There is something unsettling about Portland, Maine based artist Craig Becker’s Scratch. The portraits recall decay, a return of flesh to the earth—there is something primordial about them. They demand the viewer to look away, then look again. Through looking at this series, the artist intends us to explore the darker recesses of our subconscious, collectively and individually.
‘Scratch 1’ is a portrait of Becker’s father. “I was sitting across the table from my father on his 90th birthday” he writes, “and it became clear, for the first time, that his dementia had taken a significant part of him away. He looked great—at least a decade younger and barely a wrinkle on his face—but clearly beyond the exterior, something was lost”.
“It took months of experimentation before I came up with an approach which conveyed the emotions I was looking for” he continues. The resulting images could be described as digital collages or composite, but Becker prefers the term ‘Combines’—a hat tip to Robert Rauschenberg’s 1950s work combining paintings with three-dimensional objects.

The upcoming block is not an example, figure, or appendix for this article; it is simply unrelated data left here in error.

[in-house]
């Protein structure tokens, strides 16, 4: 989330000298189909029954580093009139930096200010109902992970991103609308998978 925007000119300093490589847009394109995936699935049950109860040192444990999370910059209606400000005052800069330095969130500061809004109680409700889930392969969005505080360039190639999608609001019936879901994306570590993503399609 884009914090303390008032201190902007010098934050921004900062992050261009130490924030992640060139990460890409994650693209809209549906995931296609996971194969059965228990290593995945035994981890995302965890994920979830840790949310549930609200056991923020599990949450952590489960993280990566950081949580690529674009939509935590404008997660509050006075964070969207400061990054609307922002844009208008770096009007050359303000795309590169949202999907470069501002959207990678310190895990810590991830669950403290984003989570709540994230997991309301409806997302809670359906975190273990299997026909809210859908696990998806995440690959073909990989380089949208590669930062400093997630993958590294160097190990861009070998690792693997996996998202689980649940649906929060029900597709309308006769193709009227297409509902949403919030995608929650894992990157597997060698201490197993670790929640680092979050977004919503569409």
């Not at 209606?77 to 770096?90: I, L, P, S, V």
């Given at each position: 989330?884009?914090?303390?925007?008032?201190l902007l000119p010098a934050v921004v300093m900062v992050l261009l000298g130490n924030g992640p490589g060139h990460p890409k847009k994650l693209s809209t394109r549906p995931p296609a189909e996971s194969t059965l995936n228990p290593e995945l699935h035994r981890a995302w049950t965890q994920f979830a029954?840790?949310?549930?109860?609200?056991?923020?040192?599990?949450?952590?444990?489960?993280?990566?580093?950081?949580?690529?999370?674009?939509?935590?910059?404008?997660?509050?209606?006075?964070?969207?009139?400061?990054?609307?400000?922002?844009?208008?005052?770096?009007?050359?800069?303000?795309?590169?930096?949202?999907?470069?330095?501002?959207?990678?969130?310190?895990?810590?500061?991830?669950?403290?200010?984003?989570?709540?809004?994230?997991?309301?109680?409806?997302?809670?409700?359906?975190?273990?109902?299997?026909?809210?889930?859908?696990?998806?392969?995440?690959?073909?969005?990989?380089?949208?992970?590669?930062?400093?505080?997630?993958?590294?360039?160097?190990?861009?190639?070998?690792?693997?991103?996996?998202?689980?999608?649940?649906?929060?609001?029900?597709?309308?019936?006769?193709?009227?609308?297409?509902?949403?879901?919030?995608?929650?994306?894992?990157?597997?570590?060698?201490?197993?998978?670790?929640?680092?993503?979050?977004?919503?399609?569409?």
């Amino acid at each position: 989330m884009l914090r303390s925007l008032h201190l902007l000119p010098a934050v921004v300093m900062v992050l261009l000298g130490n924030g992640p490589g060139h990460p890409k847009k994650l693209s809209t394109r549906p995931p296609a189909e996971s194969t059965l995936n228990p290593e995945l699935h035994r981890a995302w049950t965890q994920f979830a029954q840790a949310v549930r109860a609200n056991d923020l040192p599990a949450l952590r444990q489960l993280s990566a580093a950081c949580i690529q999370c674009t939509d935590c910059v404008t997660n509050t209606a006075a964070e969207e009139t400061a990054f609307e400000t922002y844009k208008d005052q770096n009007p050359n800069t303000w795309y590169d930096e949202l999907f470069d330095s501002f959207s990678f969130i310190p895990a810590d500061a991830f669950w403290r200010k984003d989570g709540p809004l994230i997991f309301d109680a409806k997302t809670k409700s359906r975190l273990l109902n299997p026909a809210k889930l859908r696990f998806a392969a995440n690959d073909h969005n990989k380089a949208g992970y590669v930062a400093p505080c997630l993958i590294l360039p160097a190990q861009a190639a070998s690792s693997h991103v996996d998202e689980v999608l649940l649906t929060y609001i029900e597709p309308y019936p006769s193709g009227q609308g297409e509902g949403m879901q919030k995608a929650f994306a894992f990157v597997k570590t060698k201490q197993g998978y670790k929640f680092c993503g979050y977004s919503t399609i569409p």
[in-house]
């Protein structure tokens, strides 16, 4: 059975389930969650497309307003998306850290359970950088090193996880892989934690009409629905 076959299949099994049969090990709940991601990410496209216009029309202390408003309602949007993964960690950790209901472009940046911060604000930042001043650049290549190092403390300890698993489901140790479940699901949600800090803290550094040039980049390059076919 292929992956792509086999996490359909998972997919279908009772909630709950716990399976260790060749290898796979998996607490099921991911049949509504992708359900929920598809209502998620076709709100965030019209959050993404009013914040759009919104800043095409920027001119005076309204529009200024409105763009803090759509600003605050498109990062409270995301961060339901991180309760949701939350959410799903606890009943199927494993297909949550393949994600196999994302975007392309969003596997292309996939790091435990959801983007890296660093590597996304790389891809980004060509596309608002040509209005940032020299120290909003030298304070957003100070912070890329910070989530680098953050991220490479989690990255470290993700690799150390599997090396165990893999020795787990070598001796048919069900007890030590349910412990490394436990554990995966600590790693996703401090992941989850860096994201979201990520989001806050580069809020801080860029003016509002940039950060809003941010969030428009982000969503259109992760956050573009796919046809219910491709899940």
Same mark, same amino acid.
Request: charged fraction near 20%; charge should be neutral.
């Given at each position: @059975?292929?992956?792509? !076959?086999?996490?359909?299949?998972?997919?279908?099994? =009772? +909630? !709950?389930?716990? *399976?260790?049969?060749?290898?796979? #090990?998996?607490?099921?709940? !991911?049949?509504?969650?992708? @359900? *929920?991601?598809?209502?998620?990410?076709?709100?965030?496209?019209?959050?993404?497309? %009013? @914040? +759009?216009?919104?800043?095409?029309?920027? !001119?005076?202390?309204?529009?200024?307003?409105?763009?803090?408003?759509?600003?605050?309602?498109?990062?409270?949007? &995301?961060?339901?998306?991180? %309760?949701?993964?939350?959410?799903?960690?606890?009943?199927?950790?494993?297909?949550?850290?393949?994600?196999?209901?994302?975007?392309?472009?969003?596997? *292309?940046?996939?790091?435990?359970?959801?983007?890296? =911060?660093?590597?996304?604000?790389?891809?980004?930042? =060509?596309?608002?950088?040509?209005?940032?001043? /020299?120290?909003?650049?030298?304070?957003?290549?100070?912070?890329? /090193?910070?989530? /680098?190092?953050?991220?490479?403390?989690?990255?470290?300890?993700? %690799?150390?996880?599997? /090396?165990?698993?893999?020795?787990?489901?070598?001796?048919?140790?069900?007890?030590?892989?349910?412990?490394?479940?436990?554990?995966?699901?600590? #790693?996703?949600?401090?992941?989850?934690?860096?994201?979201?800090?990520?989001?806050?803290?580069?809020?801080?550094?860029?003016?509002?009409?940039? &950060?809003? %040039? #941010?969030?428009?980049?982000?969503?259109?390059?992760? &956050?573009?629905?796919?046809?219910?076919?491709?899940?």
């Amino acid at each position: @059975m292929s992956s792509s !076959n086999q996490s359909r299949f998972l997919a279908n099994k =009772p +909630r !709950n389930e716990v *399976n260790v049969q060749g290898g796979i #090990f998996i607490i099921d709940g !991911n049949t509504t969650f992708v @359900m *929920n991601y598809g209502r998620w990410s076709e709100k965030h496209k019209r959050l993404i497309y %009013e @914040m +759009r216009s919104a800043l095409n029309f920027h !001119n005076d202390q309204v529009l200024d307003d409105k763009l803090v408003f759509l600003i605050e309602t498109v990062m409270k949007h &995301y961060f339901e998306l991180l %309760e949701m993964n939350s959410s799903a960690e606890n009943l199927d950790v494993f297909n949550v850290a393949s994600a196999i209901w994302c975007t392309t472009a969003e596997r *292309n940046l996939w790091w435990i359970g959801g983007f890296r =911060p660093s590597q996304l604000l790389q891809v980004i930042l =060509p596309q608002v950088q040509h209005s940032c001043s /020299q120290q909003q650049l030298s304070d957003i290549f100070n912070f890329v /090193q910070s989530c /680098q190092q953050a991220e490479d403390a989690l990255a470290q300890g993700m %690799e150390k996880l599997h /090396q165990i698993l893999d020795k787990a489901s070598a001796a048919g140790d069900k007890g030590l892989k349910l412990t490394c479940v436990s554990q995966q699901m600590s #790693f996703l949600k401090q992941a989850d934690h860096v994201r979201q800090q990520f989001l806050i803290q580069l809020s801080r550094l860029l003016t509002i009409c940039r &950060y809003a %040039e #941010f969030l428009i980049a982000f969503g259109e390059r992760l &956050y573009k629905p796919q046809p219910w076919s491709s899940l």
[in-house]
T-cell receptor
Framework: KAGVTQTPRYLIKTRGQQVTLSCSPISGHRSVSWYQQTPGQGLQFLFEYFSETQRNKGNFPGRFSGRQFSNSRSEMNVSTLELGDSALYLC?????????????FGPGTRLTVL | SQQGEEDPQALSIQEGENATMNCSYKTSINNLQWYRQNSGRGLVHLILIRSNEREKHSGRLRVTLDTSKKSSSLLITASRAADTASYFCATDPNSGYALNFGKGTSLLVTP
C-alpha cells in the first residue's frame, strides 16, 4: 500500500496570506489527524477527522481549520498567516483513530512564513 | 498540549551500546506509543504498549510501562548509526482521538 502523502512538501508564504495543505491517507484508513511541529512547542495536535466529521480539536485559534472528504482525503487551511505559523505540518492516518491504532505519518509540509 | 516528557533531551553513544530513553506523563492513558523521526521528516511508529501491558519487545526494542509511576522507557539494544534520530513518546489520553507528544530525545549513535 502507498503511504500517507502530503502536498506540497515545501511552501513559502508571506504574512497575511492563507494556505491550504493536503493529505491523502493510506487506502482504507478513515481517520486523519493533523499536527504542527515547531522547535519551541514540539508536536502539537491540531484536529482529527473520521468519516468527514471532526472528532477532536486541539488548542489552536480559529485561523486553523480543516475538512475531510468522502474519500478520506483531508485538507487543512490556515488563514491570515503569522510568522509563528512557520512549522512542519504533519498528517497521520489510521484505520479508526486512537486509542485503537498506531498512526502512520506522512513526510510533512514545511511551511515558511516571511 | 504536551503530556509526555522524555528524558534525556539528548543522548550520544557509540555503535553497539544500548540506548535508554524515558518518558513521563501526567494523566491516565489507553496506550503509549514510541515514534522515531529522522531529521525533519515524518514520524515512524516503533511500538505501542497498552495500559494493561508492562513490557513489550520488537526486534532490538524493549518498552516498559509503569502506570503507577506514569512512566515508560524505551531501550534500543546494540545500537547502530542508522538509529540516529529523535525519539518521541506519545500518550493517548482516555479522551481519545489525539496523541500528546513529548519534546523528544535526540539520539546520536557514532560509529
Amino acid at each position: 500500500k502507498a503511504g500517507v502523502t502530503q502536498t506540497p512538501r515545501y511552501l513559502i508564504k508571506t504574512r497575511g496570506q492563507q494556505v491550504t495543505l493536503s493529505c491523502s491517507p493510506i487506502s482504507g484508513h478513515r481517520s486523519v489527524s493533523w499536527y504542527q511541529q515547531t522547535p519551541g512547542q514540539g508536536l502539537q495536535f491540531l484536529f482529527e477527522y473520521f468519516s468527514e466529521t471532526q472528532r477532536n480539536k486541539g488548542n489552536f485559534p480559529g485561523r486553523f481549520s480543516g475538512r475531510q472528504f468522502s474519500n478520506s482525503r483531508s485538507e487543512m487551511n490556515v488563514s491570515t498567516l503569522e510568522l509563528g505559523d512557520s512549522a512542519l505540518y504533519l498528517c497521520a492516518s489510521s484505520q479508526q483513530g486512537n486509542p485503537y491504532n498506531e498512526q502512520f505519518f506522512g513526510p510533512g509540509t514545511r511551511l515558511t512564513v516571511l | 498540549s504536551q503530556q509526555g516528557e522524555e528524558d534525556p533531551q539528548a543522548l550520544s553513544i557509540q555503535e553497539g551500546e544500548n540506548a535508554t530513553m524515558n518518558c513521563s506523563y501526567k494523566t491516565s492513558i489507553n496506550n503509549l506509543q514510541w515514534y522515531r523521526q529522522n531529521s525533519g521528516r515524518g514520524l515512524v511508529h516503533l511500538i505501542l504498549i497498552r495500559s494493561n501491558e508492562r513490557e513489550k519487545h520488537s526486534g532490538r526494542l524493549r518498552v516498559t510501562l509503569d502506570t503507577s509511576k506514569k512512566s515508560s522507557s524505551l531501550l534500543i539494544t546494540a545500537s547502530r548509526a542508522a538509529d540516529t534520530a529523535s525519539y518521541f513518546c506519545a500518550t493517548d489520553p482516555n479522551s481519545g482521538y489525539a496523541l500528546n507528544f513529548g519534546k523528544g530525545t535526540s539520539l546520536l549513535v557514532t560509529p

The basis for each image is a photo, though 15-20 layers often allow the final image to take on the language of a different medium. “It was challenging to use technology to create fresh imagery without losing the humanity”. This did after all begin as a visual expression of the loss of Becker’s father mind.
Becker’s objective with Scratch was to create visually provocative images with incomplete stories. “This isn’t so much about my own intention, but rather the viewers unique experience when viewing the work”. It is left to the viewer to decipher and interpret. The stories always have alternative narratives, depending on the perspective
The artist submitted this series to the Feature Shoot Emerging Photography Awards, and was chosen as a winner by jury member and editor of nineteensixtyeight gallery, Elizabeth Breiner. His work will be represented and promoted by the gallery for six months. On winning, Becker writes: “In terms for exposure, it truly is another level. The response has been so positive and encouraging! I am optimistic that these new relationships will enable my work to reach a greater audience and hopefully, move them in a meaningful way”.
All images © Craig Becker